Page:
This story is a PERFECT example of why you should NEVER use concrete to repair a tombstone.
I have been working along with my mother and my cousin Dee Dee to repair tombstones in an old cemetery in the woods in Wabash County, Indiana. On our last trip we were resetting stones and making repairs to those that had broken.
This stone is one we have wondered about for awhile:
It just seemed like an awful large stone to have sunk so far into the ground.....then my cousin had one of those "ah ha" moments! Months before we had found part of a stone further in the woods. She thought maybe the markings on that piece matched this stone. She and her friend went into the woods and brought the large stone out and set it next to this one.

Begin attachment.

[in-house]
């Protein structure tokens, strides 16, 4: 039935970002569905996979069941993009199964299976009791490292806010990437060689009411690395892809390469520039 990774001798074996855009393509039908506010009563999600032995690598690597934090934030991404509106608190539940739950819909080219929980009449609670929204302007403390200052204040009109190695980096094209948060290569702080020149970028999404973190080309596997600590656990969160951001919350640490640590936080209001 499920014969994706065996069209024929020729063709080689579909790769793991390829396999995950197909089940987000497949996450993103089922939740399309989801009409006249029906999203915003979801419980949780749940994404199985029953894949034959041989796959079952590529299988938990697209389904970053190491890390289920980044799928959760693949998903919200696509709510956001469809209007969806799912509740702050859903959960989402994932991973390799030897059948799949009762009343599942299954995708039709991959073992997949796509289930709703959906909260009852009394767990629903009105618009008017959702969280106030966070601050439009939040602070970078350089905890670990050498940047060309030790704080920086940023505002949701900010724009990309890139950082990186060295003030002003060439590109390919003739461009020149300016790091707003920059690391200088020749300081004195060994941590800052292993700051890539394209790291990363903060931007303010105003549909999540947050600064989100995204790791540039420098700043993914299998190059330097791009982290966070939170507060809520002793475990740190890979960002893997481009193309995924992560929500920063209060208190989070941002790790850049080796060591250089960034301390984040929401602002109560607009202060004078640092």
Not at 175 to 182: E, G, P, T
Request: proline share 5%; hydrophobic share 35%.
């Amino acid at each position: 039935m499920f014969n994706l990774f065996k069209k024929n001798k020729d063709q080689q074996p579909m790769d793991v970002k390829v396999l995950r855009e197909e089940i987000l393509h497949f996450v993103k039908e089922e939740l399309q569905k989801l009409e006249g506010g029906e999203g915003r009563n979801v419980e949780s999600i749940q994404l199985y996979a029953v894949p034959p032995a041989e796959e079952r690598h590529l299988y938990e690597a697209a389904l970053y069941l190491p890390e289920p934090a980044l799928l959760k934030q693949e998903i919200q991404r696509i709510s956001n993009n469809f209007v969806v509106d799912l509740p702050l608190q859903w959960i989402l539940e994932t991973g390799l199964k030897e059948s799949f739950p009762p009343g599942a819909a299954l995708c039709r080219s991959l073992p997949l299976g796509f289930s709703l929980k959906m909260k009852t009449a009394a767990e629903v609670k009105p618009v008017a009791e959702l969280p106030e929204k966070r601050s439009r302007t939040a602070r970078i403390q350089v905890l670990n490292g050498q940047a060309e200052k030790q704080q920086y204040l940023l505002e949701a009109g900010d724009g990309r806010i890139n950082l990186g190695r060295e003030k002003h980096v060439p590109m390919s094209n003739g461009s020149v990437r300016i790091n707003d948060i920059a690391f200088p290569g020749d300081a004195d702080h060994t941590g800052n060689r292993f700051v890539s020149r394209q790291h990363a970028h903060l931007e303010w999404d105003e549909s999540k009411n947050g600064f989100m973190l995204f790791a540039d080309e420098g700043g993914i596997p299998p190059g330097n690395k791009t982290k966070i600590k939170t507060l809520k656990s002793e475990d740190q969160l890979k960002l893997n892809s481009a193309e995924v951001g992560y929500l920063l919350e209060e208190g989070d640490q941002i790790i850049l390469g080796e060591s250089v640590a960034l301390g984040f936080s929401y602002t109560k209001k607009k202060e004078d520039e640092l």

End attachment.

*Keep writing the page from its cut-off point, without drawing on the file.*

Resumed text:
A perfect match!
We were so excited! My husband got a shovel and began to carefully dig around the set stone so we could repair the break and make the stone whole again! But he quickly ran into a problem....the stone in the ground had been rest in concrete.
There is no way to repair this stone now without doing further damage. My heart sank.
The person who set the stone in concrete believed they were doing the right thing. I'm sure they thought the other part of the stone was lost forever. If only they had just reset the stone in pea gravel and dirt.
When making repairs please be sure that all repairs you make are reversible. The products we use can all be removed in the future without doing any damage to the stones. If they fall over again they will break in the same place and not cause further breaks. The epoxy can be carefully scraped off and replaced with new.
William Spradling's stone was from 1852. How I wish we could have made it whole again.....